The ramifications of Disney’s acquisition of Lucasfilm and its various subsidiaries aren't yet known (though, given Disney’s history, we can expect the company to never let Star Wars fall into the public domain, striking yet another blow against copyright law), but it’s fun to theorize with regard to what potential TV shows could come out of it.
In that spirit, I’ve gone through Lucasfilm's various catalogs and thought about what the TV versions of some of its properties might look like, as well as where they might fit within Disney’s TV mediascape. Since Disney tends to be highly controlling, the vast majority of the series it produces in-house end up on Disney-owned channels (ABC, A & E, Lifetime, Disney Channel, etc.), which limits the number of networks where new programs might appear. Thus, you'll have to think a bit imaginatively about how Disney might exploit the properties and series ideas listed below.
Also: Almost all of these ideas are actually based on properties from LucasArts, the video game branch of Lucasfilm—but that’s largely because it's the one with the fewest Star Wars properties.
So with all that said, here are five now-Disney-owned properties I think could work on television. Name the ones you'd like to see on the small screen in the comments!
Tim mentioned this project in his Tuesday's News Briefs. There are (supposedly) already around 50 scripts written for this project about the criminal and political dealings following the events of Revenge of the Sith, but Lucas and company have been holding back, waiting for the technology to become possible and, presumably, for television-production practices to maker the project economically viable.
Essentially, the show would need to air on a major premium cable outlet in order to work, and Disney just doesn’t have that. But I cannot imagine, provided the forthcoming S.H.I.E.L.D. series is successful (not to mention the video game Star Wars: 1313 and the just-announced Star Wars: Episode VII) that Disney won’t figure out a way to do some sort of Star Wars TV series (maybe something based on the Rogue Squadron books, but minus space combat? Rogue Commandos, maybe?)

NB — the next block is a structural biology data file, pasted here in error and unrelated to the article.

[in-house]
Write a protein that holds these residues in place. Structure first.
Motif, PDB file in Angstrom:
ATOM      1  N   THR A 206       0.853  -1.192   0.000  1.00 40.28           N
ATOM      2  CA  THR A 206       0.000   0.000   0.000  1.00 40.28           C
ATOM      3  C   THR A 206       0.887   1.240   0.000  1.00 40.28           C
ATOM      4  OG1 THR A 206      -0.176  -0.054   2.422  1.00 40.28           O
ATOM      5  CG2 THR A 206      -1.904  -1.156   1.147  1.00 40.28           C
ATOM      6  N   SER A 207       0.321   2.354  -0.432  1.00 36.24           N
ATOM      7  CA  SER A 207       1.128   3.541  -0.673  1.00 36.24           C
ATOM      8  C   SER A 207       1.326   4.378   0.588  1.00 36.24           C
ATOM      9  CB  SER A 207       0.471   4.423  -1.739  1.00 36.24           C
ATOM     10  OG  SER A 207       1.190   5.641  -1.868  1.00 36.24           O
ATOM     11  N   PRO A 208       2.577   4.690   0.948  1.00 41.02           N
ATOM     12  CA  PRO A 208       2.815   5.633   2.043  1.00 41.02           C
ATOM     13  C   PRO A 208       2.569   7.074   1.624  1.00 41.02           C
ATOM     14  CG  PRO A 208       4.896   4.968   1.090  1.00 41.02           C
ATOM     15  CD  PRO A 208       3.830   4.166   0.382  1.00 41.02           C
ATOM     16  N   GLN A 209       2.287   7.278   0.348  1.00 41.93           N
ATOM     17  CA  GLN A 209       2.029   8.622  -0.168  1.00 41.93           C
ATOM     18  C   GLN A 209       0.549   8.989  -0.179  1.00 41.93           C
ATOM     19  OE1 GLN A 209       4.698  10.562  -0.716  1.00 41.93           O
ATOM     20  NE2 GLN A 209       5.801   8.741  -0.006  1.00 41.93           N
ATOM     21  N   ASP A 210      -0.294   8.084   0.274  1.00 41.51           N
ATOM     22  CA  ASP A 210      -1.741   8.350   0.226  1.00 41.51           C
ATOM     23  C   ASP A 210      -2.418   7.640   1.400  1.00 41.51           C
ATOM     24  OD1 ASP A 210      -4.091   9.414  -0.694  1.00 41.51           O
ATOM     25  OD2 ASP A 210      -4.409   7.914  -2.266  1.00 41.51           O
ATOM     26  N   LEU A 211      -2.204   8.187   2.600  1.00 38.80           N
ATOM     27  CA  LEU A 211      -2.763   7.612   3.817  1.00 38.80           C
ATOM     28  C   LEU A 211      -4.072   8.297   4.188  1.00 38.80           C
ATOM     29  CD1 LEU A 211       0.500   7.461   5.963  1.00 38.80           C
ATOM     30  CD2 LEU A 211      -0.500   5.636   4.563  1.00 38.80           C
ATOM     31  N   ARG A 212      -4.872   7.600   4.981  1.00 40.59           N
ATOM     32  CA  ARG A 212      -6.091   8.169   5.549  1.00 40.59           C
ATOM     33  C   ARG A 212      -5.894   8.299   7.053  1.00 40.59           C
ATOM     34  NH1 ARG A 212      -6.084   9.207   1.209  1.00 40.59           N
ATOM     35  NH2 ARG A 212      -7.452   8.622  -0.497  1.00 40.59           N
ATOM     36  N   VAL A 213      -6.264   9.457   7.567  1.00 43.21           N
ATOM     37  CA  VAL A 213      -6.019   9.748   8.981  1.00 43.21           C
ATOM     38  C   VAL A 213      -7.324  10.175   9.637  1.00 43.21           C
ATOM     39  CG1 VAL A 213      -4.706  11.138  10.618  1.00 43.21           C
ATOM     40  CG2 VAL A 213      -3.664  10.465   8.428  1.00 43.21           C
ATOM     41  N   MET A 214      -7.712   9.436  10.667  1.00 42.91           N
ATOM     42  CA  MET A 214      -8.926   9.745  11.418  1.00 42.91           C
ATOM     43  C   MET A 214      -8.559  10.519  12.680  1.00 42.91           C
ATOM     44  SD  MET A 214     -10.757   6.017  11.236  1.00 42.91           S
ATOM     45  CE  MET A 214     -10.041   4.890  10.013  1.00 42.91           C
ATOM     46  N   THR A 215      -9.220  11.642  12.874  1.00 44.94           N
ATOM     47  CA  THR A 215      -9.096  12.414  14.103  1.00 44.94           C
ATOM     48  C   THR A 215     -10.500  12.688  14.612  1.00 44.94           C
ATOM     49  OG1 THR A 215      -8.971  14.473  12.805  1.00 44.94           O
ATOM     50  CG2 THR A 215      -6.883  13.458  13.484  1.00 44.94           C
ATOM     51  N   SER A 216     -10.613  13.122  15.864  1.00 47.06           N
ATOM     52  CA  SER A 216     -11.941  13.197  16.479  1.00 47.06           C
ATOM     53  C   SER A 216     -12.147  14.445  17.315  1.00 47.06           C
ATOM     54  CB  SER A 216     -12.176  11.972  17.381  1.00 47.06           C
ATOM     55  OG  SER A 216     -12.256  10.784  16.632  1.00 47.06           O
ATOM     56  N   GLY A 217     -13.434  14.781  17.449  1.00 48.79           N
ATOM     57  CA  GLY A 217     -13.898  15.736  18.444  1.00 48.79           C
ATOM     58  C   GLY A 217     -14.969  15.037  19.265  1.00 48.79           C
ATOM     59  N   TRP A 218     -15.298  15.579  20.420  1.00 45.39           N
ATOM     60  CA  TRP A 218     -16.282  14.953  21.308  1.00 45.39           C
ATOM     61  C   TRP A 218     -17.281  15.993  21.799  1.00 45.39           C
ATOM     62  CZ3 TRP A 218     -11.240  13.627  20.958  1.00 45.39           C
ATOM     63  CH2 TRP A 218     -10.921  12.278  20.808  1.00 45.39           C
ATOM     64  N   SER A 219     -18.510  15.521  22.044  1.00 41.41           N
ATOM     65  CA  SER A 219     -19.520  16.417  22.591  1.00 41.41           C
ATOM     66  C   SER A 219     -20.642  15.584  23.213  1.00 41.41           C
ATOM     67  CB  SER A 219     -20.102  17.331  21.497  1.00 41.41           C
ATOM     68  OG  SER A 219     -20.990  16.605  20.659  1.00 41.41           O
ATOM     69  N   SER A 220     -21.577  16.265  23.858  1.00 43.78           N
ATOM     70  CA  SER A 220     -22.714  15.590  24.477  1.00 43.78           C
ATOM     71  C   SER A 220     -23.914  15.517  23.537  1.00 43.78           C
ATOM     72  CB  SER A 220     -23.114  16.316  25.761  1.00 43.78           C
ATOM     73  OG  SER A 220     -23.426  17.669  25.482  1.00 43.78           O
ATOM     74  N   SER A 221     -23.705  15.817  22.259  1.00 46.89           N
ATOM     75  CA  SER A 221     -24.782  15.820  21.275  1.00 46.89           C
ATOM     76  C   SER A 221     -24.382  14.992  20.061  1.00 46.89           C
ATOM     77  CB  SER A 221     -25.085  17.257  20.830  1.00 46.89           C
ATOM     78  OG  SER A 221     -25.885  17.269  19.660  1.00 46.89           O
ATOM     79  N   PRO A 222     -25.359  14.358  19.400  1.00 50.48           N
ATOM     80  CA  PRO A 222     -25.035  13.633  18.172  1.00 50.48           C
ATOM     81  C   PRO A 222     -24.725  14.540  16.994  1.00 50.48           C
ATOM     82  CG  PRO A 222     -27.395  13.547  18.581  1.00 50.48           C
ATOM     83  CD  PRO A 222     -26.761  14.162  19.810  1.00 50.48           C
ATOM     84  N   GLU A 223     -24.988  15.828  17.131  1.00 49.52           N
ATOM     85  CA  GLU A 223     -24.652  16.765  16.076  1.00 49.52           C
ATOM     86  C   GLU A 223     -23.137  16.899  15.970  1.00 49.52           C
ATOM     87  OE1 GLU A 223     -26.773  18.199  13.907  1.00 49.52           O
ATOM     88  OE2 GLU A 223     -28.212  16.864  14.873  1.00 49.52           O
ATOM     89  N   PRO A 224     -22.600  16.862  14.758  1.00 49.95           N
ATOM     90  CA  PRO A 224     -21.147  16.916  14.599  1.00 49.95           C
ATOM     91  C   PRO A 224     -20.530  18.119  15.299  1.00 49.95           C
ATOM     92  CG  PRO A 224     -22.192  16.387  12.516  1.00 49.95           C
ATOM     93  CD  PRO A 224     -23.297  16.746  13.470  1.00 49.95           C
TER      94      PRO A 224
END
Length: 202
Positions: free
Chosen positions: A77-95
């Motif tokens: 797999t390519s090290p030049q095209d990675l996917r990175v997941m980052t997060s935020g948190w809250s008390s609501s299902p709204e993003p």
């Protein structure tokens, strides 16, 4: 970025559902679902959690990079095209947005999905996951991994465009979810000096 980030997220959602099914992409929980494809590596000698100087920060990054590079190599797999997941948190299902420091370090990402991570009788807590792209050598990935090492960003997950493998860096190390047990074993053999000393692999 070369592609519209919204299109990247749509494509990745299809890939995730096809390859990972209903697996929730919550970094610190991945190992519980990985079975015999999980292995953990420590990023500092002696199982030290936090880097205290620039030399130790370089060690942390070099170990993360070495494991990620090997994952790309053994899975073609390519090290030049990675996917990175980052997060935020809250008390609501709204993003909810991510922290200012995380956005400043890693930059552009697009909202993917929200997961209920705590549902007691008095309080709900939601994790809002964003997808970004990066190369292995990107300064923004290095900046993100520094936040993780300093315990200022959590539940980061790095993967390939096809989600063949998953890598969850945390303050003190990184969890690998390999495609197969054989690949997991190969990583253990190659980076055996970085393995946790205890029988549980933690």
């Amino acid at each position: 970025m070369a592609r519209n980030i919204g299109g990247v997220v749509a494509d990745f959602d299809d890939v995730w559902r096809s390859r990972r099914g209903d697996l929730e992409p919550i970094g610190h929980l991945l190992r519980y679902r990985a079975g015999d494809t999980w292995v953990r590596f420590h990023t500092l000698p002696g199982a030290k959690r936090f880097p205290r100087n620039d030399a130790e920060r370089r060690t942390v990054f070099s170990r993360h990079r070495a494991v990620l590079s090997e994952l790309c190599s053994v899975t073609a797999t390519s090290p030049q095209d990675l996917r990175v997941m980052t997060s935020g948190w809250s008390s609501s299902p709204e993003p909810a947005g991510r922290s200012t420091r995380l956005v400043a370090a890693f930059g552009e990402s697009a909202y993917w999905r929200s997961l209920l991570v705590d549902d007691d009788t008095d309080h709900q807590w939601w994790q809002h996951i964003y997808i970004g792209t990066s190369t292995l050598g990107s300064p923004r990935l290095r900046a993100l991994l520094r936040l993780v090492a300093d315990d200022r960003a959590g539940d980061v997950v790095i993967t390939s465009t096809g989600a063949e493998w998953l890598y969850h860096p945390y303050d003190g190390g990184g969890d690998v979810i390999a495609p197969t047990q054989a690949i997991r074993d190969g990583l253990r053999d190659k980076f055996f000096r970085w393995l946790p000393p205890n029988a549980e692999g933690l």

Maniac Mansion was actually already turned into a TV series that aired on, amusingly enough, The Family Channel from 1990 to 1993. That series veered pretty heavily away from the source material’s B-movie hijinks and more risque elements (oh, Edna) to achieve a more kid-friendly premise.
Sadly, a straight adaptation of Maniac Mansion just wouldn’t fit anywhere on a Disney-owned channel, and the challenge of balancing the humor and the horror—to say nothing of the iconic green tentacle—likely dooms the property to remaining undeveloped, unless Disney were to offer it up to Time Warner and tell the folks at Adult Swim to just go nuts.
Along with Maniac Mansion, this was one of LucasArts’ first adventure games for various platforms. The game follows the reporter Zak McKracken as he, along with a scientist and two university students, tries to stop an alien invasion. Despite the success of the game, and the positive reviews at the time, LucasArts never did much with the property. But given the game’s playful weirdness (aliens, Elvis, a humming that lowers intelligence), it wouldn’t be too much of a stretch to de-age the characters a tad (not a lot), transform it into an animated series, and pair it with the Disney Channel’s already delightfully odd Gravity Falls.
Beyond Star Wars, this is the property that Disney should pounce on when it comes to developing a show. The games are bright, fun, and were designed to be player-friendly at a time when such adventure games were designed not to be. Set in and around the Caribbean during the best days of piracy in the 18th century, a Monkey Island series on Disney Junior could be a neat educational show in the spirit of Little Einsteins. I can totally see Guybrush Threepwood leading sing-alongs and teaching kids about music and art.
Set in a sort of cartoon neo-noir world inhabited mostly by skeletal calaca characters and influenced by notions of the Aztec afterlife, Grim Fandango is about Manny Calavera, a travel agent for the dead who tries to helps deserving soul Meche reach the final destination quicker than others. But the world is ripe with crime and corruption, and Manny struggles to help Meche, as well as other "clients." The game drew heavily on Hollywood films of the 1940s, and would make an ideal Disney XD animated series.
I admit that I left Sam & Max off this list, but that’s because I'm not entirely sure whether Lucasfilm still has the rights to it or not. And I also left out Howard the Duck, but I figure someone’s already hard at work on it now that Marvel and Lucasfilm are together at long last.
What else did I miss? Or do you have a different idea for these shows? Sound off in the comments.